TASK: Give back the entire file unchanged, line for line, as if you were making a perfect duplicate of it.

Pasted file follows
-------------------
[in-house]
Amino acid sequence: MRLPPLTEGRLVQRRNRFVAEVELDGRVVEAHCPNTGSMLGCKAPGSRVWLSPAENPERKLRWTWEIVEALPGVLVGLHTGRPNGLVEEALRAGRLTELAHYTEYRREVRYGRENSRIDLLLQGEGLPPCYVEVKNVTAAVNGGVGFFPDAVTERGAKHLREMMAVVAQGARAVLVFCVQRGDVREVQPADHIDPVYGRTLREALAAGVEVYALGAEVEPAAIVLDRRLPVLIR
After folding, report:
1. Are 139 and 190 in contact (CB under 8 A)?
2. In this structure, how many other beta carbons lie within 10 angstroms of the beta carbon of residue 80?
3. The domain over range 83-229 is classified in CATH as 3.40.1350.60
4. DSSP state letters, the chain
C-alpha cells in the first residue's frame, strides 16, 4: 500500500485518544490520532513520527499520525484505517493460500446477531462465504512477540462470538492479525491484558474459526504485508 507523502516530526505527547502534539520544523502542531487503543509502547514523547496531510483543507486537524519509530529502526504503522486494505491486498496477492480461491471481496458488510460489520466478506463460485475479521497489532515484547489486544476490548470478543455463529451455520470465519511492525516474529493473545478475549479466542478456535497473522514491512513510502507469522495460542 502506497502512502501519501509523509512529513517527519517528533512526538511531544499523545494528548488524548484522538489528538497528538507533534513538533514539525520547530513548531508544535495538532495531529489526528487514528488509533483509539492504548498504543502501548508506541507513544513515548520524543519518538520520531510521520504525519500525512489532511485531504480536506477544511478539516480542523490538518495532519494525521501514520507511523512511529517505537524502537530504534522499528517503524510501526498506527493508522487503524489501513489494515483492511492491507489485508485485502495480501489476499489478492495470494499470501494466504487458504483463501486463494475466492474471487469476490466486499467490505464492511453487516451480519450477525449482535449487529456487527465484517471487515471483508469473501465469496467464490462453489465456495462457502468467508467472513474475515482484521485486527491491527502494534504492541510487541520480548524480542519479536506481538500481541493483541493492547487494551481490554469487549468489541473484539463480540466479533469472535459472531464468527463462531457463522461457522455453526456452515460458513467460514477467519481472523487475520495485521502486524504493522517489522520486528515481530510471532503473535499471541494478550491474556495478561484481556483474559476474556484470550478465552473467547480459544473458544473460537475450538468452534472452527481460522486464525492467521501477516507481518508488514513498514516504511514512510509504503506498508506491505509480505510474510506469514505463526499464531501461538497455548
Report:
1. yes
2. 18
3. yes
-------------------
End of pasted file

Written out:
[in-house]
Amino acid sequence: MRLPPLTEGRLVQRRNRFVAEVELDGRVVEAHCPNTGSMLGCKAPGSRVWLSPAENPERKLRWTWEIVEALPGVLVGLHTGRPNGLVEEALRAGRLTELAHYTEYRREVRYGRENSRIDLLLQGEGLPPCYVEVKNVTAAVNGGVGFFPDAVTERGAKHLREMMAVVAQGARAVLVFCVQRGDVREVQPADHIDPVYGRTLREALAAGVEVYALGAEVEPAAIVLDRRLPVLIR
After folding, report:
1. Are 139 and 190 in contact (CB under 8 A)?
2. In this structure, how many other beta carbons lie within 10 angstroms of the beta carbon of residue 80?
3. The domain over range 83-229 is classified in CATH as 3.40.1350.60
4. DSSP state letters, the chain
C-alpha cells in the first residue's frame, strides 16, 4: 500500500485518544490520532513520527499520525484505517493460500446477531462465504512477540462470538492479525491484558474459526504485508 507523502516530526505527547502534539520544523502542531487503543509502547514523547496531510483543507486537524519509530529502526504503522486494505491486498496477492480461491471481496458488510460489520466478506463460485475479521497489532515484547489486544476490548470478543455463529451455520470465519511492525516474529493473545478475549479466542478456535497473522514491512513510502507469522495460542 502506497502512502501519501509523509512529513517527519517528533512526538511531544499523545494528548488524548484522538489528538497528538507533534513538533514539525520547530513548531508544535495538532495531529489526528487514528488509533483509539492504548498504543502501548508506541507513544513515548520524543519518538520520531510521520504525519500525512489532511485531504480536506477544511478539516480542523490538518495532519494525521501514520507511523512511529517505537524502537530504534522499528517503524510501526498506527493508522487503524489501513489494515483492511492491507489485508485485502495480501489476499489478492495470494499470501494466504487458504483463501486463494475466492474471487469476490466486499467490505464492511453487516451480519450477525449482535449487529456487527465484517471487515471483508469473501465469496467464490462453489465456495462457502468467508467472513474475515482484521485486527491491527502494534504492541510487541520480548524480542519479536506481538500481541493483541493492547487494551481490554469487549468489541473484539463480540466479533469472535459472531464468527463462531457463522461457522455453526456452515460458513467460514477467519481472523487475520495485521502486524504493522517489522520486528515481530510471532503473535499471541494478550491474556495478561484481556483474559476474556484470550478465552473467547480459544473458544473460537475450538468452534472452527481460522486464525492467521501477516507481518508488514513498514516504511514512510509504503506498508506491505509480505510474510506469514505463526499464531501461538497455548
Report:
1. yes
2. 18
3. yes